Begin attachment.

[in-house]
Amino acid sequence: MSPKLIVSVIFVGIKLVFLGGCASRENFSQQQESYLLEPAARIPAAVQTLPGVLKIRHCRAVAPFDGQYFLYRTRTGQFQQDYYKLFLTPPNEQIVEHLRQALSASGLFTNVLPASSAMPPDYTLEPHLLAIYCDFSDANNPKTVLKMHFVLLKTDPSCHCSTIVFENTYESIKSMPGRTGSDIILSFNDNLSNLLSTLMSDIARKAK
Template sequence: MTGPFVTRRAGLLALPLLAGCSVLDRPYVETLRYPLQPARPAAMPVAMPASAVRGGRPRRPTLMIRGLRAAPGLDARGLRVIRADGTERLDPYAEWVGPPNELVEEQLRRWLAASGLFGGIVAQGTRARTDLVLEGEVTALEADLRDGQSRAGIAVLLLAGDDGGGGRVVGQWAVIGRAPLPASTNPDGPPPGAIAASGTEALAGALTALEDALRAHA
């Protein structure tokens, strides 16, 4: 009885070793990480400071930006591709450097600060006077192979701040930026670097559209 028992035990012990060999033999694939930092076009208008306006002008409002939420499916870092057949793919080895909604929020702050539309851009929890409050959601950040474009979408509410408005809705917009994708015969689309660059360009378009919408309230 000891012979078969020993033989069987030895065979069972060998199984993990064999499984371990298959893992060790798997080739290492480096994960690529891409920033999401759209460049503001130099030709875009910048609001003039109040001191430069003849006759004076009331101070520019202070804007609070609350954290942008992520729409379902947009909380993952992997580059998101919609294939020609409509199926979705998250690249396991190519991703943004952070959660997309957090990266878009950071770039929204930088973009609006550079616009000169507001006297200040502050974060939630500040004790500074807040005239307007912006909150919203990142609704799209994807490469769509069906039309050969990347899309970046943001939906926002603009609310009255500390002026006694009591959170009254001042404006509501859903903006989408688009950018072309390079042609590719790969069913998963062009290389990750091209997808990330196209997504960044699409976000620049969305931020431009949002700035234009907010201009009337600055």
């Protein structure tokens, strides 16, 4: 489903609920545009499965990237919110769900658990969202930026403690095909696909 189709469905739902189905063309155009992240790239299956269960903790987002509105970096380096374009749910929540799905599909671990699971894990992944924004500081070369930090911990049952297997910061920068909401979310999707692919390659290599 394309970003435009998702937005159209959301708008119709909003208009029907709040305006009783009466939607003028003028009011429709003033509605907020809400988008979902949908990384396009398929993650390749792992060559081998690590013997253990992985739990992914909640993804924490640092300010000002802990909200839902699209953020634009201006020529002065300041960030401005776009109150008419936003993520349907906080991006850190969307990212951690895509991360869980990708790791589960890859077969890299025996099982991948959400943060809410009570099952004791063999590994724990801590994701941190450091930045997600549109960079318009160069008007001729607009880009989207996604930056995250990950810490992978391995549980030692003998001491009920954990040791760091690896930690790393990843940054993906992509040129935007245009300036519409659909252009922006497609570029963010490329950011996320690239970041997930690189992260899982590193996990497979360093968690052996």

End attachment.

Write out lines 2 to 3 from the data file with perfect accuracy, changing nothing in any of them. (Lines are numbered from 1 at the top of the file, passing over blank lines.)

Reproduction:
Amino acid sequence: MSPKLIVSVIFVGIKLVFLGGCASRENFSQQQESYLLEPAARIPAAVQTLPGVLKIRHCRAVAPFDGQYFLYRTRTGQFQQDYYKLFLTPPNEQIVEHLRQALSASGLFTNVLPASSAMPPDYTLEPHLLAIYCDFSDANNPKTVLKMHFVLLKTDPSCHCSTIVFENTYESIKSMPGRTGSDIILSFNDNLSNLLSTLMSDIARKAK
Template sequence: MTGPFVTRRAGLLALPLLAGCSVLDRPYVETLRYPLQPARPAAMPVAMPASAVRGGRPRRPTLMIRGLRAAPGLDARGLRVIRADGTERLDPYAEWVGPPNELVEEQLRRWLAASGLFGGIVAQGTRARTDLVLEGEVTALEADLRDGQSRAGIAVLLLAGDDGGGGRVVGQWAVIGRAPLPASTNPDGPPPGAIAASGTEALAGALTALEDALRAHA